Back in 1979, the popular trio of what was then Philippine TV’s top sitcom, Iskul Bukol, received an offer to take on a daily noontime show, which had yet to be given a title. The trio was comprised of Tito Sotto, his brother Vic and Joey de Leon, and the show was eventually named Eat Bulaga.
“We thought we’d just go on for a year,” recalled now Senator Tito Sotto of the iconic Tito, Vic and Joey at an interview in Broadway Centrum’s studios on Thursday. “We each had a contract for a year as well, but close to four decades later, we’re still here, and we’ve never renewed that contract since. We exist and work together because of friendship and trust.”
Today marks the 37th anniversary of Philippine TV’s longest running program, Eat Bulaga, and its pioneers are both amazed and overwhelmed at the show’s success and longevity at every passing year.
More than just a noontime habit for millions of Filipinos from Monday through Saturday each week, Eat Bulaga is as much a permanent part of their lives as it is for the show’s main hosts and the rest of the “Dabarkads.”
“Vic, Joey and I, even on the 10th year of the show would tease each other how old were getting. But never in our wildest dreams did we think we’d still be celebrating Bulaga’s 25th anniversary, much less its 37th,” Sotto told The Manila Times. “With Bulaga’s evolution over the years though—especially now that a big chunk of the program is geared toward public service—we cannot ask for more. We simply want to keep giving back to the generations of Filipinos who have supported us through these many, many years.”
Asked what he believes has kept Bulaga going for decades now, the comedian-turned-politician replied, “It’s this knack we’ve always had in getting the pulse of the people and finding fun in the people and situations we see. You know when we were much younger, Vic, Joey and I would often watch movies but we’d never stay in the cinema for the trailers. We’d hang around outside and people watch. We’d say to one another, ‘This guy’s got a big problem,’ or ‘That person just had fight with his wife!’,” Sotto laughed.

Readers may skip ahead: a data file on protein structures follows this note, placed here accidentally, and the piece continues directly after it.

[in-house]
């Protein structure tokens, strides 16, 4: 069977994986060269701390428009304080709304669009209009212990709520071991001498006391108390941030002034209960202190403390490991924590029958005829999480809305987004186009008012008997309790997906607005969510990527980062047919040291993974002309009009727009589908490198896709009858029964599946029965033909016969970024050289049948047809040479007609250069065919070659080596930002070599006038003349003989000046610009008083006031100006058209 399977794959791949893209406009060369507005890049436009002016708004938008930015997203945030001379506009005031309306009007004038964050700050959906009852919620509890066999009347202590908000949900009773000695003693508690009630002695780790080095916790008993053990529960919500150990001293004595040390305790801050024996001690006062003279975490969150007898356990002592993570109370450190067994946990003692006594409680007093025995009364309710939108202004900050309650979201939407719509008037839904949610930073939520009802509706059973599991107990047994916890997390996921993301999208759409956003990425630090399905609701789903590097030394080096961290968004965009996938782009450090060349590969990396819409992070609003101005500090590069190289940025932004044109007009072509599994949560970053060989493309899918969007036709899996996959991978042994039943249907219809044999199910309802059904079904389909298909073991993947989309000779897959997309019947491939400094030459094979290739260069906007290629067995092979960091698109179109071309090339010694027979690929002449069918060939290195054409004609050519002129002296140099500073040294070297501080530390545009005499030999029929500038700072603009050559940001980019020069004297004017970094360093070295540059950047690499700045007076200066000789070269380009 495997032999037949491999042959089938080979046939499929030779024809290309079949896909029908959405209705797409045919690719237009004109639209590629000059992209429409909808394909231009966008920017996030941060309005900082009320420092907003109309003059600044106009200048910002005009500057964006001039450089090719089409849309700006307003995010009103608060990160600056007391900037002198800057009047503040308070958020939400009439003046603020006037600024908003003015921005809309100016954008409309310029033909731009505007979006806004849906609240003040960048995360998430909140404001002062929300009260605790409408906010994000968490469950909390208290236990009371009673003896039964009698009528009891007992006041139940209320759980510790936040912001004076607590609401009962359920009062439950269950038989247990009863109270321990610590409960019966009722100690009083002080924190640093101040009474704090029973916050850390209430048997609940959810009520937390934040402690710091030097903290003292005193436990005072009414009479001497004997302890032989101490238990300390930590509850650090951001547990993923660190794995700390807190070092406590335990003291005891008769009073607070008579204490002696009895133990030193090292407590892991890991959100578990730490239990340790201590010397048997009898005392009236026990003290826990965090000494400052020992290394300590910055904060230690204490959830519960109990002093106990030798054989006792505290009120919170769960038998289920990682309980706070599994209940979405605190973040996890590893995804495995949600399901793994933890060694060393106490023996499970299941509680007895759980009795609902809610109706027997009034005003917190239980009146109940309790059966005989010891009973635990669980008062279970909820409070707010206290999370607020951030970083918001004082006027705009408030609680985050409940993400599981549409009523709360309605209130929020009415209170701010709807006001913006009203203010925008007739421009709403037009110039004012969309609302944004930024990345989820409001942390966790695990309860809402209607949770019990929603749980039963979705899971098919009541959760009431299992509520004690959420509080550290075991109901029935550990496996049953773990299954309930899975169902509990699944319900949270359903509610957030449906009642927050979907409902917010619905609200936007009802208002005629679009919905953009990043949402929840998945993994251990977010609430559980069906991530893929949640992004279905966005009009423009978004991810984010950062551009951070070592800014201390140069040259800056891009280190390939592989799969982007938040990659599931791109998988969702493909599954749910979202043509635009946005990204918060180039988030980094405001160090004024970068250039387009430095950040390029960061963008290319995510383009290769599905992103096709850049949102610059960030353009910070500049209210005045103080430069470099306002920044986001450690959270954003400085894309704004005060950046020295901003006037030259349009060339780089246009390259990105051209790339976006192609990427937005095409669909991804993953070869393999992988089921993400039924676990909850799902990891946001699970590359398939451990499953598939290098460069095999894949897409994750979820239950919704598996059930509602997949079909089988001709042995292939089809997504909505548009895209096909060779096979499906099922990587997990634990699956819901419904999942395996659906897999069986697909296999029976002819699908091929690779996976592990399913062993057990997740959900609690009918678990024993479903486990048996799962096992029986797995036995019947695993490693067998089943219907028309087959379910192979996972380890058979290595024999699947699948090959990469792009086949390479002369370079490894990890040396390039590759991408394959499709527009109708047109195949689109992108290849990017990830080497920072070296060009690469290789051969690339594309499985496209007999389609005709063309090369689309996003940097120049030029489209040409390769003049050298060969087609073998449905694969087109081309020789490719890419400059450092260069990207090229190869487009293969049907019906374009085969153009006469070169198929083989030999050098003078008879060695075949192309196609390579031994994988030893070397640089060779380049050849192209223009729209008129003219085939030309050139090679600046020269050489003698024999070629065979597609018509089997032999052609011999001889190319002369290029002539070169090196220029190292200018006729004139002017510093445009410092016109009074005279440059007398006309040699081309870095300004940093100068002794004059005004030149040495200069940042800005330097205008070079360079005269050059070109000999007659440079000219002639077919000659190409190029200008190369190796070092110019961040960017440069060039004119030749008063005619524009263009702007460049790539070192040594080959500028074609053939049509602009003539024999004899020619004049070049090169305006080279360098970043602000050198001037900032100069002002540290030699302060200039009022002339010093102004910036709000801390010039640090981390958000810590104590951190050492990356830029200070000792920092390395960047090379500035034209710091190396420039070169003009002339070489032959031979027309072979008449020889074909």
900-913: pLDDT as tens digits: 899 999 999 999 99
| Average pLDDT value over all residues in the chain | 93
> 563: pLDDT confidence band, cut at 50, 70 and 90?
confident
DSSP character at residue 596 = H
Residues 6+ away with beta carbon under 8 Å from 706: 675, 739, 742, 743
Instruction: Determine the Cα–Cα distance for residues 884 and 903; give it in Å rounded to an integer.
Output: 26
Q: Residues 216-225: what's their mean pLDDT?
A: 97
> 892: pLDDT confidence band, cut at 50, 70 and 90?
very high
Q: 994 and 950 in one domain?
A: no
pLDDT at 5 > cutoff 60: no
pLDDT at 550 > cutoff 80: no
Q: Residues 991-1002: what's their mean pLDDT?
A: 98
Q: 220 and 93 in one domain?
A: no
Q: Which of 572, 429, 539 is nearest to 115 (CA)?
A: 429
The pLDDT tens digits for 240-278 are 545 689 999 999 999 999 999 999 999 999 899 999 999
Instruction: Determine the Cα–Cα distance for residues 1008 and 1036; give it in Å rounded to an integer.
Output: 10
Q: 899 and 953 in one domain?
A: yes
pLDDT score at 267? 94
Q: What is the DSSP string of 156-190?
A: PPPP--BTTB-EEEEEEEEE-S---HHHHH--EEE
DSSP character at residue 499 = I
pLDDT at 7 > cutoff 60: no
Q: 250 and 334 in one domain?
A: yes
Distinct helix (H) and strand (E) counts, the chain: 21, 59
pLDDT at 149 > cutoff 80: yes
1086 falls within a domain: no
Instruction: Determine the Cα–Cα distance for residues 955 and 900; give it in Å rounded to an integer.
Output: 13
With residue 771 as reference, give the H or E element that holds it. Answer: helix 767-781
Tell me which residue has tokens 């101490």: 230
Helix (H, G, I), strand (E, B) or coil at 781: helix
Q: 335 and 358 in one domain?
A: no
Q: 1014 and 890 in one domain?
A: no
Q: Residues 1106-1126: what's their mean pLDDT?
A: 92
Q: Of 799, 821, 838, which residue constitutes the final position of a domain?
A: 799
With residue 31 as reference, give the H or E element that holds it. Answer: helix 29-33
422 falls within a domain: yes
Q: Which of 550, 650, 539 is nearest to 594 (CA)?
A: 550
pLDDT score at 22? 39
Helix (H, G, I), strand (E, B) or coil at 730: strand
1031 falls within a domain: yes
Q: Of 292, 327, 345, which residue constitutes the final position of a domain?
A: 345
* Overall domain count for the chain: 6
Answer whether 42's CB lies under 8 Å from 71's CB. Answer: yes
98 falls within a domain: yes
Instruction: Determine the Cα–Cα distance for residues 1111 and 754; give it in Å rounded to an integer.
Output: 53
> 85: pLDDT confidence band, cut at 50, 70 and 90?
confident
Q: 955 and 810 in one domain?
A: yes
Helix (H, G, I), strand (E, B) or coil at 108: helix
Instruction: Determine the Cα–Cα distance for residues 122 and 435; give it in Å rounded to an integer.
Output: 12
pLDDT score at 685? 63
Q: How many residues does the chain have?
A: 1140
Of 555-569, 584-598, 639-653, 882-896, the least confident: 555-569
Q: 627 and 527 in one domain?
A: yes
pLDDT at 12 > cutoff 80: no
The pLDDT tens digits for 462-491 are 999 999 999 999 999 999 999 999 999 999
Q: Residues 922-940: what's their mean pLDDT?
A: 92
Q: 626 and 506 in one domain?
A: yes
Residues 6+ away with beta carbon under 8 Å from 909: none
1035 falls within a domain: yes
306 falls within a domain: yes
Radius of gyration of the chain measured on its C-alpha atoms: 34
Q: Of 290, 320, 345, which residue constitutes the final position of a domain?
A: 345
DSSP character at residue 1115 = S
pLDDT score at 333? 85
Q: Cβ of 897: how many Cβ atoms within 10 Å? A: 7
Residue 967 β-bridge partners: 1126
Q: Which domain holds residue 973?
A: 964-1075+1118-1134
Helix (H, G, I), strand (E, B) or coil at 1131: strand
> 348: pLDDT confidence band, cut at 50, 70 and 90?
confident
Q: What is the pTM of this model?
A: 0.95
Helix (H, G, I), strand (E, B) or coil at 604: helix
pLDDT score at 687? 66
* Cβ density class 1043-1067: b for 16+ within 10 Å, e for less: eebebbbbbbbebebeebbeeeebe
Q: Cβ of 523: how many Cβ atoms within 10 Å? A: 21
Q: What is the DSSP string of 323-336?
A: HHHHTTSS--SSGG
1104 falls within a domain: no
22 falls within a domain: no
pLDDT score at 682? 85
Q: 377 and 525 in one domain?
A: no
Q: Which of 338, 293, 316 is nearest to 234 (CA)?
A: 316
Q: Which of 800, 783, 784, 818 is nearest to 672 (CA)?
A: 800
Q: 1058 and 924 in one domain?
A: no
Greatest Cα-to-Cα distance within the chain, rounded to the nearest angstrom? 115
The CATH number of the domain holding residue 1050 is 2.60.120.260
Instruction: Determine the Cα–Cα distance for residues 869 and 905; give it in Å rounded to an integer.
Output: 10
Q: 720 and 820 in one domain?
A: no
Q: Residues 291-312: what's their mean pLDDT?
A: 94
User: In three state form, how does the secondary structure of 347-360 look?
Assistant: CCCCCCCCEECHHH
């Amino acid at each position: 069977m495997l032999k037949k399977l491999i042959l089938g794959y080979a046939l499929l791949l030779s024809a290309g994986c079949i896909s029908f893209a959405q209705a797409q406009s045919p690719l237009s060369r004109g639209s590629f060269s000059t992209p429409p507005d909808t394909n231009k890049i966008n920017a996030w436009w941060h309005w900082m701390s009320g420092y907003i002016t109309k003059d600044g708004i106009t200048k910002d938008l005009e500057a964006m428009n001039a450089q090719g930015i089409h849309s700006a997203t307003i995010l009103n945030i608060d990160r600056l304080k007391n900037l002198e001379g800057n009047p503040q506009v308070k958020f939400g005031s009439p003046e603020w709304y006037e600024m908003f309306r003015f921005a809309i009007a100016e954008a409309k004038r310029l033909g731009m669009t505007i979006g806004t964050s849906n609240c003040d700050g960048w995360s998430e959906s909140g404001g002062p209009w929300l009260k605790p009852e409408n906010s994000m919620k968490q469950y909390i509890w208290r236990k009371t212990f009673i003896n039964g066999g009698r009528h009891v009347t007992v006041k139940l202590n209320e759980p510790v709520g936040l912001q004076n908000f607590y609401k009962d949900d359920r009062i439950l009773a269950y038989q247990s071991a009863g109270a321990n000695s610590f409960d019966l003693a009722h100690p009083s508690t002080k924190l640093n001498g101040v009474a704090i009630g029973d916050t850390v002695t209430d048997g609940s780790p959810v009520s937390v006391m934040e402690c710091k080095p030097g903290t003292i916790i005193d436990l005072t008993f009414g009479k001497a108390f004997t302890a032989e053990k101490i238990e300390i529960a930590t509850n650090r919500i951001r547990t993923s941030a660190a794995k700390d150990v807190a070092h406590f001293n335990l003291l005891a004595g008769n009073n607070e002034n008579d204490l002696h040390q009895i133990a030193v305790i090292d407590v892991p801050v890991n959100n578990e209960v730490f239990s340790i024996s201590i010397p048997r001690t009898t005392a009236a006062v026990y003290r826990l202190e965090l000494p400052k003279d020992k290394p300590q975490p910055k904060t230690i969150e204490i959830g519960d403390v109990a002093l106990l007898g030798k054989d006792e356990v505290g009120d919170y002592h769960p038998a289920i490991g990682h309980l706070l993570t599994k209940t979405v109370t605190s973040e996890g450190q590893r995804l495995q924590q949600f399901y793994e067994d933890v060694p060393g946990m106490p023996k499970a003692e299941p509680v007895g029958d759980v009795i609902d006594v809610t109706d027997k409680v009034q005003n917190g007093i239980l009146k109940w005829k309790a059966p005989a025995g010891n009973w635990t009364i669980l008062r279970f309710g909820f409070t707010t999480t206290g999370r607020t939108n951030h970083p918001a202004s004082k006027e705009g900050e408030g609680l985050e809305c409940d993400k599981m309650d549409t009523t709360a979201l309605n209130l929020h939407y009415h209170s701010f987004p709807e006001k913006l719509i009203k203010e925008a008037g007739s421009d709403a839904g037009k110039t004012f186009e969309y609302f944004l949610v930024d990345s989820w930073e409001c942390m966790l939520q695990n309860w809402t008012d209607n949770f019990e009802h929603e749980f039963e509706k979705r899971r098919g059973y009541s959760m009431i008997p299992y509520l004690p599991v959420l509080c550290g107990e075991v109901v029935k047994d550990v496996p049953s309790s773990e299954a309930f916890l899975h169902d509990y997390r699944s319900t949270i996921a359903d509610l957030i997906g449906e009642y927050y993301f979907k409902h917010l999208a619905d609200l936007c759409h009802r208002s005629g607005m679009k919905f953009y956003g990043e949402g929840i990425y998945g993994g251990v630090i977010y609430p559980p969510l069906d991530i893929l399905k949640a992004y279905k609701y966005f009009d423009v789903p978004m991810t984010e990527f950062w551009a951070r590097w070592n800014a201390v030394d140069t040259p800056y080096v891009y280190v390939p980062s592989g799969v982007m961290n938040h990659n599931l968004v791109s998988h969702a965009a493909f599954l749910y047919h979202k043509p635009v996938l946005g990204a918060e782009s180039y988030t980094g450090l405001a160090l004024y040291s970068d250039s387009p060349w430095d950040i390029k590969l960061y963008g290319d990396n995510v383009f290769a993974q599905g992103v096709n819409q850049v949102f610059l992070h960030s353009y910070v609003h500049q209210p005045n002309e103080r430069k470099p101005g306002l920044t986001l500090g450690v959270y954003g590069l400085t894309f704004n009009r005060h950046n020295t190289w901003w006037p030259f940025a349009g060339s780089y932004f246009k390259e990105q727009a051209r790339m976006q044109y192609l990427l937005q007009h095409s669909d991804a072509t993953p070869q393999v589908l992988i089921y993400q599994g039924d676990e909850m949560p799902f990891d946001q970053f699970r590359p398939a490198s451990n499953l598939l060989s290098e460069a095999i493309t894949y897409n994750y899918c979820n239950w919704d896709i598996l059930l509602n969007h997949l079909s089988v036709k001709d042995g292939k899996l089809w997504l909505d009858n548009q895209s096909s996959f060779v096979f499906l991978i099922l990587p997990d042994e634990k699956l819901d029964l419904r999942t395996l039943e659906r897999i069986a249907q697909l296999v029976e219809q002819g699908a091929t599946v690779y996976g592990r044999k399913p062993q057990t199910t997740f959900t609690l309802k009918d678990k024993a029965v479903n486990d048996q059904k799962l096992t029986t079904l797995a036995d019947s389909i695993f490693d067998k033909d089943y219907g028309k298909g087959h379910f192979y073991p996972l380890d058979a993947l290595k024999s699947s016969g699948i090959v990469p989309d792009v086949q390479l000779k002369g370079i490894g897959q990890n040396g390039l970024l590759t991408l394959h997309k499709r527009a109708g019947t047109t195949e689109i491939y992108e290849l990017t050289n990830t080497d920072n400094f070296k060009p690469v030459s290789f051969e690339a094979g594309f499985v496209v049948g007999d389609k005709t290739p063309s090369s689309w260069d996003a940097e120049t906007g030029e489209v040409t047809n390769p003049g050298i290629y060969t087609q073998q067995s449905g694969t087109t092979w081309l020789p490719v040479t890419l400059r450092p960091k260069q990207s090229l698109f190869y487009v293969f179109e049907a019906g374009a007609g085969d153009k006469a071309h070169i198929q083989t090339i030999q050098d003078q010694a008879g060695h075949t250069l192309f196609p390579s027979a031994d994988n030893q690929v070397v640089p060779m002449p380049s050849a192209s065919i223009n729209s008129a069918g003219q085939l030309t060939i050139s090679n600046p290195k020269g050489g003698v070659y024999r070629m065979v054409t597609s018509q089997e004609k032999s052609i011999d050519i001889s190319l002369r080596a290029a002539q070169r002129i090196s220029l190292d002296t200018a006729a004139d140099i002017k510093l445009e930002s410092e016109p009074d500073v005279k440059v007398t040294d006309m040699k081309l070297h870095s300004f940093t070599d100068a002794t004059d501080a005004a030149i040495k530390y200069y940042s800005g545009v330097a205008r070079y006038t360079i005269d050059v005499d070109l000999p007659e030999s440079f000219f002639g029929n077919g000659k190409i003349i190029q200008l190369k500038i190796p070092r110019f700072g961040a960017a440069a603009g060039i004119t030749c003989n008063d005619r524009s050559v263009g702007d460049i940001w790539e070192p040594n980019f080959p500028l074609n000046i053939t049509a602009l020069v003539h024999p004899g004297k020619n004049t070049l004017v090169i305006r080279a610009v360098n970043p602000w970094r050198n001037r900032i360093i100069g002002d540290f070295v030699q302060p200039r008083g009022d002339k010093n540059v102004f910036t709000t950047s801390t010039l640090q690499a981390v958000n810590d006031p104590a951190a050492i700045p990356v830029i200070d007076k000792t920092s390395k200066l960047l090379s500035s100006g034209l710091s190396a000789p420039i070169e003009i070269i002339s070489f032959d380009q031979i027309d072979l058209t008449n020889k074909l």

“We took that to the show when he started interviewing contestants and it clicked. Ever since then, under the tutelage of our producer and good friend Tony Tuviera, the staff of Eat Bulaga will always make sure to take surveys on whether the viewers like the different segments we introduce in the show. If they like it—let’s say ‘Kalyeserye’—the portion stays on, but when they don’t feel a connection with it, we cancel it even two weeks into the program.”
According to the veteran host, in every facet of life, continued success requires open-mindedness and the humility to admit mistakes.
Of course, another palpable reason behind Eat Bulaga’s success is the strong bond created among the show’s circle of hosts that make every day a joy for them to work.
From Jose Manalo and Wally Bayola, to Jimmy Santos, Pia Guanio and Pauleen Luna, and of course, Bulaga’s gems Alden Richards and Maine Mendoza—not to mention the production team who make it possible for the show to air everyday—the kind of friendship that is often elusive in show business is a huge draw for audiences in the Philippines and beyond.
“At this point in the history of Eat Bulaga, all we can guarantee our loyal viewers is that we will continue to bring them happiness, and strive to help them as best we can,” Sotto pledged.
Whether for entertainment or public service, it is clear that Eat Bulaga has perfected the formula for longevity, and has strummed the right strings in the hearts of Filipino viewers for over three and a half decades. To this day, they fulfill their promise of brining “isang libo’t isang tuwa” from “Batanes to Tawi-Tawi,” and vow to do so for as long as they can.
“It’s the least we can do when we’ve been blessed with the best job in the world all these years,” Sotto ended. “All we have today is gratitude, and we want to keep giving it back.”
Eat Bulaga’s 37th anniversary episode airs today at noon on GMA Network.